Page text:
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An international team of astronomers has discovered over two-dozen new free-floating brown dwarfs that reside in two young star clusters. One brown dwarf is a lightweight youngster only about six times heftier than Jupiter. What's more, one cluster contains a surprising surplus of brown dwarfs; it harbors half as many of these astronomical oddballs as normal stars. These findings come from deep surveys and extensive follow-up observations using the Subaru Telescope in Hawaii and the Very Large Telescope (VLT) in Chile, two of the world's largest optical-infrared telescopes.
Sometimes described as failed stars, brown dwarfs are unusual celestial objects that straddle the boundary between stars and planets. When young, they glow brightly from the heat of formation, but they eventually cool down and end up with atmospheres that exhibit planet-like characteristics.
During the course of the SONYC (Substellar Objects in Nearby Young Clusters) Survey, astronomers used Subaru Telescope to take extremely deep images of the NGC 1333 (Figure 1) and rho Ophiuchi star clusters at both optical and infrared wavelengths. Once they identified candidate brown dwarfs from their very red colours, the research team verified their nature with spectra taken at Subaru and the VLT. The team's findings are reported in two upcoming papers in the Astrophysical Journal and will be presented this week at a scientific conference in Garching, Germany.
The six-Jupiter-mass brown dwarf found in the NGC 1333 cluster is one of the puniest free-floating objects known. "Its mass is comparable to those of giant planets, yet it doesn't circle a star. How it formed is a mystery," said Aleks Scholz of the Dublin Institute for Advanced Studies in Ireland, lead author of the first paper.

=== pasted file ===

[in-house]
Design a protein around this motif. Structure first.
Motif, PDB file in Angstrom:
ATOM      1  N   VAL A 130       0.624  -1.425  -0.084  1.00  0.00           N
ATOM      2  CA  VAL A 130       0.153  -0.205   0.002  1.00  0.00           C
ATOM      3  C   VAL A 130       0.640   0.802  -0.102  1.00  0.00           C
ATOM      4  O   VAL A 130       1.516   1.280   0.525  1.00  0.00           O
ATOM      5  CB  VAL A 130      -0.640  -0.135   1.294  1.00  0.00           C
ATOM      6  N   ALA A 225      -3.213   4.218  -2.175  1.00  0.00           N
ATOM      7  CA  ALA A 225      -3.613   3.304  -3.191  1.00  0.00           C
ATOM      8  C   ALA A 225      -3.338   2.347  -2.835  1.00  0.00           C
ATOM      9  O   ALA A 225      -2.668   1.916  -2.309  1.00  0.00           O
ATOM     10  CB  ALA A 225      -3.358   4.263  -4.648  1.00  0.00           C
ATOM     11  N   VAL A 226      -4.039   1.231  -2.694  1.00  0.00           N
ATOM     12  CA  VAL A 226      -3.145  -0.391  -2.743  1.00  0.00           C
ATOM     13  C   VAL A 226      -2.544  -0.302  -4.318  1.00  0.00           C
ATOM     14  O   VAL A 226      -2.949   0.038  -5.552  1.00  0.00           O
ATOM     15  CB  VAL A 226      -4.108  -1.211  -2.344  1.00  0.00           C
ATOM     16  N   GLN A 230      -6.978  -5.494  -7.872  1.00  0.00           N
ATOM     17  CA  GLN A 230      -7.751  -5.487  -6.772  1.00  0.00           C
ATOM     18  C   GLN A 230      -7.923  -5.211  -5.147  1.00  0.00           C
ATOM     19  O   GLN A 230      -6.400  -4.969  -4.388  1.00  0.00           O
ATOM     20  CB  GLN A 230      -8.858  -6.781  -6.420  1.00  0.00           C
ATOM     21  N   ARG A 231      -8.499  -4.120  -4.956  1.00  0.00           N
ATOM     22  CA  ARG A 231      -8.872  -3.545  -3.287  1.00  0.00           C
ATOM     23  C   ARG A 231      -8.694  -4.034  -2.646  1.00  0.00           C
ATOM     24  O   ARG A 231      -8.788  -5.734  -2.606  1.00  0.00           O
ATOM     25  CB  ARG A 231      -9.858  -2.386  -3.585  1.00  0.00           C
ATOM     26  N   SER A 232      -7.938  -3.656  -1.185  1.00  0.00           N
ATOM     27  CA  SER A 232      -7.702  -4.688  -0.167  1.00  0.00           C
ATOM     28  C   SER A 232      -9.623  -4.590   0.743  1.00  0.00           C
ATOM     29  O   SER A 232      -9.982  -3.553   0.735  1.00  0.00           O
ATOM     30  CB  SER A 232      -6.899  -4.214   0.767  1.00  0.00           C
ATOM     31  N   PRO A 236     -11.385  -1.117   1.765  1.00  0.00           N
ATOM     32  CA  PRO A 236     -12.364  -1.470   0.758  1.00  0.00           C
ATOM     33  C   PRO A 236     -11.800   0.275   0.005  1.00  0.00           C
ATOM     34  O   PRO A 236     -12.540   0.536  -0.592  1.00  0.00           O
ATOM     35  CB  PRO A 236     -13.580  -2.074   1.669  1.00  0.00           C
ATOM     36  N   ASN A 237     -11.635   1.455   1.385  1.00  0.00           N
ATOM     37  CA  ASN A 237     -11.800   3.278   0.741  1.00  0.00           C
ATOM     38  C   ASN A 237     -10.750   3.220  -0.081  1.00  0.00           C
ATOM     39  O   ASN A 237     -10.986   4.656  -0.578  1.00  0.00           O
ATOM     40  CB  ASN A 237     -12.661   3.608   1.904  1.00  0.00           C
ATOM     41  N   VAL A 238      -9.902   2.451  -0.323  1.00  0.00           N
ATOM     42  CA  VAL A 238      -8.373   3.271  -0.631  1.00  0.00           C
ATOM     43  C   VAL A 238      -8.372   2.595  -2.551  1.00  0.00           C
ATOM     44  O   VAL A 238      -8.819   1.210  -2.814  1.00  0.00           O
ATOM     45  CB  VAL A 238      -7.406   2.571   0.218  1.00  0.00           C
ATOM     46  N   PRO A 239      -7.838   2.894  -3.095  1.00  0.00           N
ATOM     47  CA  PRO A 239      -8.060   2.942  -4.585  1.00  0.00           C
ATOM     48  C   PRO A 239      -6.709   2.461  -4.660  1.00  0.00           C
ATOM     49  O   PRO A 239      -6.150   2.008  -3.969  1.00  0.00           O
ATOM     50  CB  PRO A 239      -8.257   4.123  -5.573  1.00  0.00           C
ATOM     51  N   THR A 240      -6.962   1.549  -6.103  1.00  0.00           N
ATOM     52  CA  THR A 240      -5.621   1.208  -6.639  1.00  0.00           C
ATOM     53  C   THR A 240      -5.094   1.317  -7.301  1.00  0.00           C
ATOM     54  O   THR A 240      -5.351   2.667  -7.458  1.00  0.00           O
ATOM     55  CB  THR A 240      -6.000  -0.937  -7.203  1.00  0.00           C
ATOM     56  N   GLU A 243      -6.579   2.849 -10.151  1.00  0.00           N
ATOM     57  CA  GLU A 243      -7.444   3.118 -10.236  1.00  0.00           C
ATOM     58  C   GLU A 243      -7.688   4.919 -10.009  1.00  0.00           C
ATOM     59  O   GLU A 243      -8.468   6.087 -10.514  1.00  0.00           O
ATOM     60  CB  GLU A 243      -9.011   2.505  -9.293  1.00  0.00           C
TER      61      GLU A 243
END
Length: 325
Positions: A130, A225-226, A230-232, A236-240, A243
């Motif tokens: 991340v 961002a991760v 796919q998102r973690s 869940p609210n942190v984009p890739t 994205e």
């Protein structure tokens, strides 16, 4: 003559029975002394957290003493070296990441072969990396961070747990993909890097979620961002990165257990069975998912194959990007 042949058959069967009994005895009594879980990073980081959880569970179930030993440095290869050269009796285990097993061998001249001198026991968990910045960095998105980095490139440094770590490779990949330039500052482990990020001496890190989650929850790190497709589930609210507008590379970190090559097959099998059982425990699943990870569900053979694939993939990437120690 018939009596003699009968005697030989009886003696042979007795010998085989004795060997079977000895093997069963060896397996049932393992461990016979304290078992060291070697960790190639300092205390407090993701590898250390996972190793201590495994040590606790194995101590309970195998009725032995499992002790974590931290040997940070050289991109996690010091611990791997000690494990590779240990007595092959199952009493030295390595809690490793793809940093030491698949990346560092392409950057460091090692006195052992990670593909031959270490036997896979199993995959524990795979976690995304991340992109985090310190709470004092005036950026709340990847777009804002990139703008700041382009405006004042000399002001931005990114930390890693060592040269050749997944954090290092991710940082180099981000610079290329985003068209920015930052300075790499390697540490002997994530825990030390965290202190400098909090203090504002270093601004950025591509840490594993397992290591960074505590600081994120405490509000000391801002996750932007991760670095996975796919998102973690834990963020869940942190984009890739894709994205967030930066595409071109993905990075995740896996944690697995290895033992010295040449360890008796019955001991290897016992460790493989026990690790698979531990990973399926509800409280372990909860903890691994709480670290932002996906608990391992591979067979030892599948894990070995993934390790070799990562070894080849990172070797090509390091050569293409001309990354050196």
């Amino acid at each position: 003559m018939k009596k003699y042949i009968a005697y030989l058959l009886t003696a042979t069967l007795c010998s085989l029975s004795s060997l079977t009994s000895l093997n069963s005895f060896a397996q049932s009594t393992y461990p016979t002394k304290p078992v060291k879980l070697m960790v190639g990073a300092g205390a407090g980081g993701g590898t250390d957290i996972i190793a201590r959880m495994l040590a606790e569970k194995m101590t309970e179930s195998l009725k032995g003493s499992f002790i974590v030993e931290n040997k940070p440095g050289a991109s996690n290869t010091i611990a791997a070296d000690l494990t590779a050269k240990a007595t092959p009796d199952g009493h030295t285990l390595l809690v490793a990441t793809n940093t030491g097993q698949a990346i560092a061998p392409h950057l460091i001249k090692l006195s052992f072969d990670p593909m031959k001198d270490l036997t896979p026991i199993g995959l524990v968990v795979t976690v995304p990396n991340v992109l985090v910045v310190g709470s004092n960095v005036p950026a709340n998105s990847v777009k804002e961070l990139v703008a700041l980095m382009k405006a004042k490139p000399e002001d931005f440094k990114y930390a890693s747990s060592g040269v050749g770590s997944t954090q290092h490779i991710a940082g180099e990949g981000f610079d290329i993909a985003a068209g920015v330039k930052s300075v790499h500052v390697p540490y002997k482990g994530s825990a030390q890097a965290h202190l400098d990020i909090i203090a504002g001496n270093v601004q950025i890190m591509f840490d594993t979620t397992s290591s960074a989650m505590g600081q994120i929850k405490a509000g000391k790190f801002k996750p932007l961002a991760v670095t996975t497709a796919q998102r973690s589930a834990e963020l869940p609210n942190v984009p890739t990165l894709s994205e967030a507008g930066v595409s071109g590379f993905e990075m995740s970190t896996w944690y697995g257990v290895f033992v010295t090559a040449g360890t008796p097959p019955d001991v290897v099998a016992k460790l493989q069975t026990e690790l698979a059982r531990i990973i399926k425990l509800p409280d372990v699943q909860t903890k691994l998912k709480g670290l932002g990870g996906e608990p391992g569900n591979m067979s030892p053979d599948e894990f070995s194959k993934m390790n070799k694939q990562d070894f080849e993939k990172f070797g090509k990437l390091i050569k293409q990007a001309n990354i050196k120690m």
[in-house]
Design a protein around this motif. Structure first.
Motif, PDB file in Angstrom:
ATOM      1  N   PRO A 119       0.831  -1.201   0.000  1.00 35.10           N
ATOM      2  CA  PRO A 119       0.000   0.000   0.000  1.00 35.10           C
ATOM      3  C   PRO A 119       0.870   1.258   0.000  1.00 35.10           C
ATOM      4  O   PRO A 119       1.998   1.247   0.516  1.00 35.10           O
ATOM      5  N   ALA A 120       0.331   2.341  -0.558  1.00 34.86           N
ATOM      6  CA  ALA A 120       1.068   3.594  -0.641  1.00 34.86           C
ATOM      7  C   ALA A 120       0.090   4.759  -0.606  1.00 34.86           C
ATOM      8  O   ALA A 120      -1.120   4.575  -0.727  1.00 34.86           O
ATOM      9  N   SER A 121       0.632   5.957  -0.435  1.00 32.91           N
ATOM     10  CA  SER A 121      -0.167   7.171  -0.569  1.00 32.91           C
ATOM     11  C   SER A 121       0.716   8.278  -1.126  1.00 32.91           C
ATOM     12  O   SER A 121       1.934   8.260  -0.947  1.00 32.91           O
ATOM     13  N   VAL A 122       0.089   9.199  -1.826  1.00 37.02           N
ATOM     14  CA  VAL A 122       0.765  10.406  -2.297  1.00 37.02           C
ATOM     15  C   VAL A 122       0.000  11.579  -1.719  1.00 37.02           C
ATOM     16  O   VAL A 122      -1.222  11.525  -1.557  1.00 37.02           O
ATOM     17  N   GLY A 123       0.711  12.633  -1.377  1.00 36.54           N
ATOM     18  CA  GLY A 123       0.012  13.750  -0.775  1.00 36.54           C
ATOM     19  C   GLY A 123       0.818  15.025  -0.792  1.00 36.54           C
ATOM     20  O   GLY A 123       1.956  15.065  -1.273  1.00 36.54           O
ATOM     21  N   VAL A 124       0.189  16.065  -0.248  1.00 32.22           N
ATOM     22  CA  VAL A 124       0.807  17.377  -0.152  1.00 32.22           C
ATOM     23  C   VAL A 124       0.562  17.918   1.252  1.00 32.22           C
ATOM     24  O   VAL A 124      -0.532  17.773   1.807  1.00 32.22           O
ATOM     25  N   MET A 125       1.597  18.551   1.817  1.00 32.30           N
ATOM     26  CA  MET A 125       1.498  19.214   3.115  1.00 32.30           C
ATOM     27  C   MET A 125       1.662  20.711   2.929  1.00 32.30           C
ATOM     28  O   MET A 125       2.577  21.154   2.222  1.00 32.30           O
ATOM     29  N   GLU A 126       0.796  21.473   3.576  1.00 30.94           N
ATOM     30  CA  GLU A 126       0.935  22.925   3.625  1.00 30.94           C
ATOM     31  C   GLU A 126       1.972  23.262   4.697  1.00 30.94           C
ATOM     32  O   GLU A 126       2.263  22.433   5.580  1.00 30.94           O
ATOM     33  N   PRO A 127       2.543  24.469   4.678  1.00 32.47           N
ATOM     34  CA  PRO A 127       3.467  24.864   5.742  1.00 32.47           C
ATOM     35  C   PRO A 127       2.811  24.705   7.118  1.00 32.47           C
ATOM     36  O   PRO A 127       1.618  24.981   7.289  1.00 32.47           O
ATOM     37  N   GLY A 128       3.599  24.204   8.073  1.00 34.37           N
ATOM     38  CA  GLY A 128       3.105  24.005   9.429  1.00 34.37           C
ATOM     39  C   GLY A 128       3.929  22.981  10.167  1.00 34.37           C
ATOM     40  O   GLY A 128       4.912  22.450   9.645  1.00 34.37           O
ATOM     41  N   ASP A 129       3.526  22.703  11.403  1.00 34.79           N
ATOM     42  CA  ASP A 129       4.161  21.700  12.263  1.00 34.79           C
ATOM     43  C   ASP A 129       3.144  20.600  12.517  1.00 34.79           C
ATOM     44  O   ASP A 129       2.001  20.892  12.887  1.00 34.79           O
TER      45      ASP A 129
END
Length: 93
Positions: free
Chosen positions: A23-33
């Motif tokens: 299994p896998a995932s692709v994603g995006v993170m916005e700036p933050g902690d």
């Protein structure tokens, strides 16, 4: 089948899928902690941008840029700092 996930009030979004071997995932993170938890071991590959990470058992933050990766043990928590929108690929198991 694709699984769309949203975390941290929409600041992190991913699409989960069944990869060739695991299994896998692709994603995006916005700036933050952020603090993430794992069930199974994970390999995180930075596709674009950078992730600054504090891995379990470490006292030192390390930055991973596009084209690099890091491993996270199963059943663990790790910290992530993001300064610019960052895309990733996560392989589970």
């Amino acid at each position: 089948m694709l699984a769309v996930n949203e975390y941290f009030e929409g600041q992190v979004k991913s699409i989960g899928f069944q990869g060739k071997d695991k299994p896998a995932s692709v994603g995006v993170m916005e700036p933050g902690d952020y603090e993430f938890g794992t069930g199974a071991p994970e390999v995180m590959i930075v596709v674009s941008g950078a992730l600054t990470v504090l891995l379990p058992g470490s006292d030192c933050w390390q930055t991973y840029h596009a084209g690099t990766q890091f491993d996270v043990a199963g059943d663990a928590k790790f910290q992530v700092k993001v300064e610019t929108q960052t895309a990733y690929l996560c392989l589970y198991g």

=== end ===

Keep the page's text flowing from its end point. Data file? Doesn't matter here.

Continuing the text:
Several other newly identified brown dwarfs in both NGC 1333 (Figure 2) and rho Ophiuchi clusters have masses that are less than 20 times the mass of Jupiter-placing them at the low end of the mass range for known brown dwarfs. "Brown dwarfs seem to be more common in NGC 1333 than in other young star clusters. That difference may be hinting at how different environmental conditions affect their formation," said Koraljka Muzic of the University of Toronto in Canada, lead author of the second paper.
"Our findings suggest once again that objects not much bigger than Jupiter could form the same way as stars do. In other words, nature appears to have more than one trick up its sleeve for producing planetary mass objects," said Ray Jayawardhana of the University of Toronto, who is the principal investigator of the SONYC Survey.
"We could not have made these exciting discoveries if not for the remarkable capabilities of Subaru and the VLT. Instruments that can image large patches of the sky and take hundreds of spectra at once are key to our success," said Motohide Tamura of the National Astronomical Observatory of Japan.
Other co-authors of this work are Vincent Geers of ETH Zurich in Switzerland and Mariangela Bonavita of the University of Toronto.
The papers are to appear in the Astrophysical Journal and can be accessible from the following links:
- Alexander Scholz, Koraljka Muzic, Vincent Geers, Mariangela Bonavita, Ray Jayawardhana, and Motohide Tamura "Substellar Objects in Nearby Young Clusters (SONYC) IV: A Census of Very Low Mass Objects in NGC1333" (link)
- Koraljka Muzic, Alexander Scholz, Vincent Geers, Ray Jayawardhana, and Motohide Tamura "Substellar Objects in Nearby Young Clusters (SONYC) V: New Brown Dwarfs in ρ Ophiuchi" (link)